While a growing international storm of sexual abuse allegations and revelations has swirled for more than a month, the Southern Baptist Convention (SBC) has long encouraged churches to be proactive in preventing abuse, SBC resources show.
Screen capture from SBC.net
Spiritual leaders, churches and seminaries should model, exhort and teach the highest standards of moral and ministerial integrity, and churches should use legal resources and avenues to exclude sexual predators from leadership and influential positions including pastors and counselors, the SBC said as early as 2002.
“We call on our churches to discipline those guilty of any sexual abuse in obedience to Matthew 18:6-17 as well as to cooperate with civil authorities in the prosecution of those cases,” the SBC said in its resolution that year On the Sexual Integrity of Ministers. “We pray for those who have been harmed as a result of sexual abuse and urge our churches to offer support, compassion and biblical counseling to them and their families.”
A Hollywood sexual abuse scandal that began in early October with accusations against movie mogul Harvey Weinstein revived a “Me Too” campaign birthed 10 years ago by activist Tarana Burke, according to Ebony.com, “to unify those who’ve been victimized by sexual violence.” The revived campaign, widely attributed to Alyssa Milano and identified in social media as #MeToo, drew support from scores, some of whom alleged sexual abuse in church settings.
Living Proof Ministries Founder Beth Moore and Saddleback Church Cofounder Kay Warren are among Southern Baptists sharing personal stories at #MeToo.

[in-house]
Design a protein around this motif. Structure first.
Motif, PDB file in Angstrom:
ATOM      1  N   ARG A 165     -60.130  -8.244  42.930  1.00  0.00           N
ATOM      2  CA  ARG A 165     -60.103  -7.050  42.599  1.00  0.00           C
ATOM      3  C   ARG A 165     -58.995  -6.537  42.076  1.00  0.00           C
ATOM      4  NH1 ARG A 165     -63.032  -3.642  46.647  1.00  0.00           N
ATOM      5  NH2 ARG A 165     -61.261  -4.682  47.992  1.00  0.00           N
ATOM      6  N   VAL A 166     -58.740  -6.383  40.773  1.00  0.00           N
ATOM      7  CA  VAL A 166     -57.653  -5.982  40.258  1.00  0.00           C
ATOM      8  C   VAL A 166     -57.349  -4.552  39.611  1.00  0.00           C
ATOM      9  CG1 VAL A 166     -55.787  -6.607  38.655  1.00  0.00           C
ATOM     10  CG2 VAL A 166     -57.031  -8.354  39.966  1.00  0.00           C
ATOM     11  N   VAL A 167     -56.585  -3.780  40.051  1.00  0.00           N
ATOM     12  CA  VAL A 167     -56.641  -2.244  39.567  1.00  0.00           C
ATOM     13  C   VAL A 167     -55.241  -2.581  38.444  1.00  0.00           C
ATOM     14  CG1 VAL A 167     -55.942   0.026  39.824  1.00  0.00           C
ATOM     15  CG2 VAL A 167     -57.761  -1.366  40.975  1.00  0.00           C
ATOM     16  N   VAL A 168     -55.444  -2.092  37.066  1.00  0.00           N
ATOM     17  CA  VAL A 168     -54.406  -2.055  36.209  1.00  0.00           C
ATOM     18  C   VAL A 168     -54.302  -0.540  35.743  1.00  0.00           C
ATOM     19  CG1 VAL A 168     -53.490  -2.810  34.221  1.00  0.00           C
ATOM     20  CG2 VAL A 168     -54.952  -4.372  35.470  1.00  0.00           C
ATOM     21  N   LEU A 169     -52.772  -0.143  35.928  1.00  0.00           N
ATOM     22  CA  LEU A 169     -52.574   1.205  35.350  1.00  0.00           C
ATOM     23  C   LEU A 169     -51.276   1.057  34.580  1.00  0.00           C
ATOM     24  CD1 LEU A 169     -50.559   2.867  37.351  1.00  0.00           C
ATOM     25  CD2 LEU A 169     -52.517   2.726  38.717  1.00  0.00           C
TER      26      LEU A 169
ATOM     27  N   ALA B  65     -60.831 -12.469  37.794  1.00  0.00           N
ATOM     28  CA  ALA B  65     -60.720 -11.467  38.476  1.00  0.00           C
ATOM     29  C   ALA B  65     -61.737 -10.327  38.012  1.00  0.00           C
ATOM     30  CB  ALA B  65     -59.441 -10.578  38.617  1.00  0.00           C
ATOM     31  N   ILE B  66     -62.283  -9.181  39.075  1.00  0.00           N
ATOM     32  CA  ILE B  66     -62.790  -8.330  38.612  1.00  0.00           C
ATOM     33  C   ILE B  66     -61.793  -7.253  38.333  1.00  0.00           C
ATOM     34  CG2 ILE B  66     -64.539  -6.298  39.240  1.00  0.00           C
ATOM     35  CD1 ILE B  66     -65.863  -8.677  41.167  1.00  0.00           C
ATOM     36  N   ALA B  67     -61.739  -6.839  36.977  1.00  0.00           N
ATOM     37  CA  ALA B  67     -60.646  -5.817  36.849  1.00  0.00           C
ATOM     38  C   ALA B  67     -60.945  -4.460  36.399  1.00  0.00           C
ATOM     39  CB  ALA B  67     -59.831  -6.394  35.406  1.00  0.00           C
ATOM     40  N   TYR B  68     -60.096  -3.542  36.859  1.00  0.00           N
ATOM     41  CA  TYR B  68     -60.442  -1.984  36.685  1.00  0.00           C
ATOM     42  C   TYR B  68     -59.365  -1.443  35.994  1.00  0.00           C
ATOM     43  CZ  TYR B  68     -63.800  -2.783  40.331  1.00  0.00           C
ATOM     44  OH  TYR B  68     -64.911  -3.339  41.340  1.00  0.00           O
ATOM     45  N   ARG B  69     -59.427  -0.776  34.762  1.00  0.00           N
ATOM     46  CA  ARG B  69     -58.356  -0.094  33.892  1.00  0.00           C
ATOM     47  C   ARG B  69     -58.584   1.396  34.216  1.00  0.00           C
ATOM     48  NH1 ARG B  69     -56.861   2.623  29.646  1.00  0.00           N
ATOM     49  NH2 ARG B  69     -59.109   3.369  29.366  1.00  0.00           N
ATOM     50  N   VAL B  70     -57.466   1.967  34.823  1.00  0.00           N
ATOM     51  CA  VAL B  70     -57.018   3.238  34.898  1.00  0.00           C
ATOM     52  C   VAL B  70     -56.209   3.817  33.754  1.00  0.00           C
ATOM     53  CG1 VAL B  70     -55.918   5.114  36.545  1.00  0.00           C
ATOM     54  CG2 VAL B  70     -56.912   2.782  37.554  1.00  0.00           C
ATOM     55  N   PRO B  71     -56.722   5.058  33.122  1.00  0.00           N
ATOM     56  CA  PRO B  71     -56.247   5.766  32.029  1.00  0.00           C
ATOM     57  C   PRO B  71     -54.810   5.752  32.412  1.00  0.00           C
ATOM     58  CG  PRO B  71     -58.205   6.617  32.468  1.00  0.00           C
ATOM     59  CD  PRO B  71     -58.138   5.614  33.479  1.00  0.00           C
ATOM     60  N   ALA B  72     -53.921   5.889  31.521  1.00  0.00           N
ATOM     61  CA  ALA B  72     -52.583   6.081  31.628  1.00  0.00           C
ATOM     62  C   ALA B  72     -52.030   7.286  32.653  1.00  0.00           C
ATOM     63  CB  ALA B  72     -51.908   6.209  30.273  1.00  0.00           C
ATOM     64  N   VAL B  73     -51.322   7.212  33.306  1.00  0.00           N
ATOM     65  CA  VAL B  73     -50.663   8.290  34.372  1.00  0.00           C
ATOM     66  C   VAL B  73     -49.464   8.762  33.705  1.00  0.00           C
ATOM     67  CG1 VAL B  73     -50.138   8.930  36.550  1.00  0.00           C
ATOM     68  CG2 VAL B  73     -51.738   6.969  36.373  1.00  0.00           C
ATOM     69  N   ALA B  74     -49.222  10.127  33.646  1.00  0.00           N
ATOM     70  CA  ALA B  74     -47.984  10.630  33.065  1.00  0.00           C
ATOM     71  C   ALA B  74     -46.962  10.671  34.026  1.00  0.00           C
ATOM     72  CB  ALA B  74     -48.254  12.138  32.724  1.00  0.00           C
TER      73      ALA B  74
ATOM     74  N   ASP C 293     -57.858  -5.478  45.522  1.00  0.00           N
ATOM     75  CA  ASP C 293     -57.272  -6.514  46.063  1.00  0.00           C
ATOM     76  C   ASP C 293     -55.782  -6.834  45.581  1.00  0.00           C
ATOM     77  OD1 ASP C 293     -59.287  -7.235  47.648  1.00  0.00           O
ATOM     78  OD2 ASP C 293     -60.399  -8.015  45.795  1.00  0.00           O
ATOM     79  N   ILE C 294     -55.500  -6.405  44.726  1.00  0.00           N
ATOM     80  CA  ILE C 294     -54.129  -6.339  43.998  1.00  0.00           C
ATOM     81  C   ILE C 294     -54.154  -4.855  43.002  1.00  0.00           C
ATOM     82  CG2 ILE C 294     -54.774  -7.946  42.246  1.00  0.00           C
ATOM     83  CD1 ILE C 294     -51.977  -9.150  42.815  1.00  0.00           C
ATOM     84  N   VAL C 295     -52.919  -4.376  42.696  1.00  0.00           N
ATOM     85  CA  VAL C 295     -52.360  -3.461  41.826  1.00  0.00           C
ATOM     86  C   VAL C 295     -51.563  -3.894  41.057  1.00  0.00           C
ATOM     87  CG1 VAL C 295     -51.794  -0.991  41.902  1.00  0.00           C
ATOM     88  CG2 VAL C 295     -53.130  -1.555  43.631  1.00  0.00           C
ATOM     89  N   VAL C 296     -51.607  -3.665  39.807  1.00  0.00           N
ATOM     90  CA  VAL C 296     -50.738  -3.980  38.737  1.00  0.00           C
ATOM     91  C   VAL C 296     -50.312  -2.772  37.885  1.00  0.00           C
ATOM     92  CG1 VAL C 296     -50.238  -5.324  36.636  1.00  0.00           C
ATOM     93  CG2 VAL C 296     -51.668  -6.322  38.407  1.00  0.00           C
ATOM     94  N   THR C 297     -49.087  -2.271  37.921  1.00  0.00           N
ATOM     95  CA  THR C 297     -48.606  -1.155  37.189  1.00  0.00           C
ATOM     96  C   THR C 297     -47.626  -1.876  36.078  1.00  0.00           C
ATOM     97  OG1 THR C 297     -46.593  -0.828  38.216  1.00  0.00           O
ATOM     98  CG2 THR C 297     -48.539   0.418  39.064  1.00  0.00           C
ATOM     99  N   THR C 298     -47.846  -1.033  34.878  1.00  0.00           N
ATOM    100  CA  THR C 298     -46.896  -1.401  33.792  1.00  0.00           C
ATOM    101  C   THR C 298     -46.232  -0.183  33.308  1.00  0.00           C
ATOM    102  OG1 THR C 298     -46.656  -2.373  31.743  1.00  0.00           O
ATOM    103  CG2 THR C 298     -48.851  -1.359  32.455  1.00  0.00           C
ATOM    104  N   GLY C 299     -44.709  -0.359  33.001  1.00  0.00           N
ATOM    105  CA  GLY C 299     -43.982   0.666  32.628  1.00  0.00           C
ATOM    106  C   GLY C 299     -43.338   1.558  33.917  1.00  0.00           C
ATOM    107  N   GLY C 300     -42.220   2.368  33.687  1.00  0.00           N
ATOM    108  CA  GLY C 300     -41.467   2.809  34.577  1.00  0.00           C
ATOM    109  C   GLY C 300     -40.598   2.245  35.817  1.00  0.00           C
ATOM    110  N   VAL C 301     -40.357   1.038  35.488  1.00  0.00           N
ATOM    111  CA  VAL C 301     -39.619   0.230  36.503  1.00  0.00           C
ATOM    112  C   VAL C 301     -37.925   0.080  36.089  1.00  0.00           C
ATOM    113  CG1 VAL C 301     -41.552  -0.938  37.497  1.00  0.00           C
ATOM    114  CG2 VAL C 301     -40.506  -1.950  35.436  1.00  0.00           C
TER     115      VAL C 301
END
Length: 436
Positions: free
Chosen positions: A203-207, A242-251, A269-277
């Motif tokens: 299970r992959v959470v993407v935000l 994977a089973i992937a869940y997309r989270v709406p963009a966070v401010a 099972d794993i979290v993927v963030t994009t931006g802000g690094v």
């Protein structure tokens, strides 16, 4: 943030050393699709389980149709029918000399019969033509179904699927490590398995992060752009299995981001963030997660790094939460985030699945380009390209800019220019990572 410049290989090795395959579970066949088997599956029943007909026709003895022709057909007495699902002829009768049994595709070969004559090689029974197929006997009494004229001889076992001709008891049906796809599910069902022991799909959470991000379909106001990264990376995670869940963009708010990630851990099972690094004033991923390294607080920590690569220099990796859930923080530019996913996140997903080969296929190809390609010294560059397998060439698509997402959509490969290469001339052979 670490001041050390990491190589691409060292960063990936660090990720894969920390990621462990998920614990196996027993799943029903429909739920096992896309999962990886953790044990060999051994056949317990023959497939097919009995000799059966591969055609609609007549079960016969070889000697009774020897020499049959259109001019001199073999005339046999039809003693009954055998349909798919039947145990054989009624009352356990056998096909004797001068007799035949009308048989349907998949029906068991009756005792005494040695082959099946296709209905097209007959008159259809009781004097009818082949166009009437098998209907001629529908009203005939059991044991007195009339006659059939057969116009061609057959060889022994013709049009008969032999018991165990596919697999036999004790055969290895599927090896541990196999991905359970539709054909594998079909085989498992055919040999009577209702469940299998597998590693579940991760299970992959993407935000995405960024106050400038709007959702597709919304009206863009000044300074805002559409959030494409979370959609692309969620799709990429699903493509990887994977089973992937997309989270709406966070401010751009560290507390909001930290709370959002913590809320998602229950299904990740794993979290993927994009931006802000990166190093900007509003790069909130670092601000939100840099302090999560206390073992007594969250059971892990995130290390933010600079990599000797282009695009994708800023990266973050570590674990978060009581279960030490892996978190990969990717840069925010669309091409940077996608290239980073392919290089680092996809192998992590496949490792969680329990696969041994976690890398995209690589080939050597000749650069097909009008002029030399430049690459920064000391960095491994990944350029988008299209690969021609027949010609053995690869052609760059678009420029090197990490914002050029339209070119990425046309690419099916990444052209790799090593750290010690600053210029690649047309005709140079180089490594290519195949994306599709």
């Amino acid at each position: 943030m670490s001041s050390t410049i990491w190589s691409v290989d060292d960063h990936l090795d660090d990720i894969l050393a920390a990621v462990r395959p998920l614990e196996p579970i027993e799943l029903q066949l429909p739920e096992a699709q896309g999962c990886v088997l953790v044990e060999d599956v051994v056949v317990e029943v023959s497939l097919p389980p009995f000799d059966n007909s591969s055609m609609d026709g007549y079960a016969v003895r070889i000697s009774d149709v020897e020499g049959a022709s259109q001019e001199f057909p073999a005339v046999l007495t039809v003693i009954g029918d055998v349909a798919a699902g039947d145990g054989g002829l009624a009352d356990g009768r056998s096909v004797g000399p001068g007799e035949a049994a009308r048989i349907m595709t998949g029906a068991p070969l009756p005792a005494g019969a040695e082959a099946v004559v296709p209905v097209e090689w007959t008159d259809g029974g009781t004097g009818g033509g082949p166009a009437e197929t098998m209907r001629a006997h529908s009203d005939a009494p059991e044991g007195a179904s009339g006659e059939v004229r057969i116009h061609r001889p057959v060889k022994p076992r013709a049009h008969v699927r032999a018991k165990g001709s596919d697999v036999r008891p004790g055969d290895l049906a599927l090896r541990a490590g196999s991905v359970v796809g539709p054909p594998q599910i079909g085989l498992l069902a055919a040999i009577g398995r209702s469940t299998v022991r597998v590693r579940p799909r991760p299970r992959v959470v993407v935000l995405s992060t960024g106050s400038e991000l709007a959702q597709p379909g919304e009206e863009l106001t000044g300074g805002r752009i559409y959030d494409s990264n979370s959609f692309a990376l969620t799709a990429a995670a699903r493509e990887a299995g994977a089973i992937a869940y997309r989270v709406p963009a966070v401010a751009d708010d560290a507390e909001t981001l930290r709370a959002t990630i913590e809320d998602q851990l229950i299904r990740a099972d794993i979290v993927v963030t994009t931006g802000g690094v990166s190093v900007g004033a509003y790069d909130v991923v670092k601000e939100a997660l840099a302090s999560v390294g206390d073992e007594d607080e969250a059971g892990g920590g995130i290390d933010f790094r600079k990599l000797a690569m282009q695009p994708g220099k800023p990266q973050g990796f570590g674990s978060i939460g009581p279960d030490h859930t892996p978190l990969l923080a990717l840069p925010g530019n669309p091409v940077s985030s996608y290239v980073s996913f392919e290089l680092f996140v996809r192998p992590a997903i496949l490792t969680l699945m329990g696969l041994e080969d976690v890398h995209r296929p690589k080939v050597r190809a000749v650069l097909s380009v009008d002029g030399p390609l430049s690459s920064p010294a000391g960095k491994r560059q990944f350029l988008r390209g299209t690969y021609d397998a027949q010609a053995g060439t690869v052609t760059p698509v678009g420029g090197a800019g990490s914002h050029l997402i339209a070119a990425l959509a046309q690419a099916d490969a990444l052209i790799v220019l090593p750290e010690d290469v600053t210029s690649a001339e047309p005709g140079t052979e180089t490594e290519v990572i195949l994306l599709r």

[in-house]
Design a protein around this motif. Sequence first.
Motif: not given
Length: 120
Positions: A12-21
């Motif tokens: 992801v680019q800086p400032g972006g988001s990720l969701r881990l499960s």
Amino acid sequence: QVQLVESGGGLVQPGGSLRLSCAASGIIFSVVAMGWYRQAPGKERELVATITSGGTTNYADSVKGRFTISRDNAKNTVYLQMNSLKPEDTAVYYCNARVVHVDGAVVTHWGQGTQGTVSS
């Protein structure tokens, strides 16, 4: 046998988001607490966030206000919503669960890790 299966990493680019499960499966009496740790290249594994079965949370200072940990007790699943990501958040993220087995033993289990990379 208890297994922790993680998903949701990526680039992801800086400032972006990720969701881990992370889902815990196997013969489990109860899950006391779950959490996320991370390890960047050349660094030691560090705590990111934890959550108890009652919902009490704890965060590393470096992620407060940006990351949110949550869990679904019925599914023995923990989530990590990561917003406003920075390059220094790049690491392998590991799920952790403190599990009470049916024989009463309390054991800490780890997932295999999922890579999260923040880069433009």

Apart from the #MeToo campaign, a civil lawsuit alleging sexual abuse-related offenses against First Baptist Church of Columbia, S.C., was filed Oct. 10 in Richland County, S.C., Fifth Judicial Circuit Court, according to online court documents.
The lawsuit accuses First Baptist of Columbia, S.C., its senior pastor Wendell Estep and student minister Philip Turner of conspiracy in failing to report the alleged sexual abuse of an 11-year-old church attendee, now 17. The plaintiff, identified as “Joel Doe,” also accuses the church of working to conceal previous court cases regarding sex abuse allegations.
The lawsuit alleges Andrew McCraw abused the plaintiff while McCraw was a volunteer youth ministry worker at the church and the plaintiff was a youth ministry attendee. While Estep and Turner are not accused of sexual abuse, the lawsuit alleges gross negligence, negligent supervision, clergy malpractice, fraud, negligent misrepresentation, civil conspiracy and violation of the South Carolina Unfair Trade Practices.
In court documents filed Oct. 25 in Richland County, First Baptist of Columbia, Estep and Turner officially denied all allegations and requested that the charges be dismissed.
In its most recent action, a 2013 resolution On Sexual Abuse of Children, the SBC reiterates the church’s “legal and moral responsibility to report any accusations of child abuse to authorities in addition to implementing any appropriate church discipline or internal restoration processes.” The resolution encourages the use of background checks, sexual predator databases such as the U.S. Department of Justice sex offender database, the implementation of church policies and procedures to protect children, and full cooperation with law enforcement officials “in exposing and bringing to justice all perpetrators, sexual or otherwise, who criminally harm children.”
The SBC posts online resources available to all at sbc.net.
In its May 2012 issue, the SBC LIFE journal of the SBC Executive Committee published the special report, “Protecting our children: Accepting the responsibility, embracing the privilege.” The publication is among free abuse prevention resources at sbc.net.
A link to the National Sex Offender Public Website that offers a free searchable database of offenders, as well as a background checking service provided by LifeWay Christian Resources of the SBC, are among resources at sbc.net/churchresources/sexabuseprevention. Educational resources from GuideStone Christian Resources and various Southern Baptist state conventions are also available there.
(EDITOR’S NOTE – Diana Chandler is Baptist Press’ general assignment writer/editor.)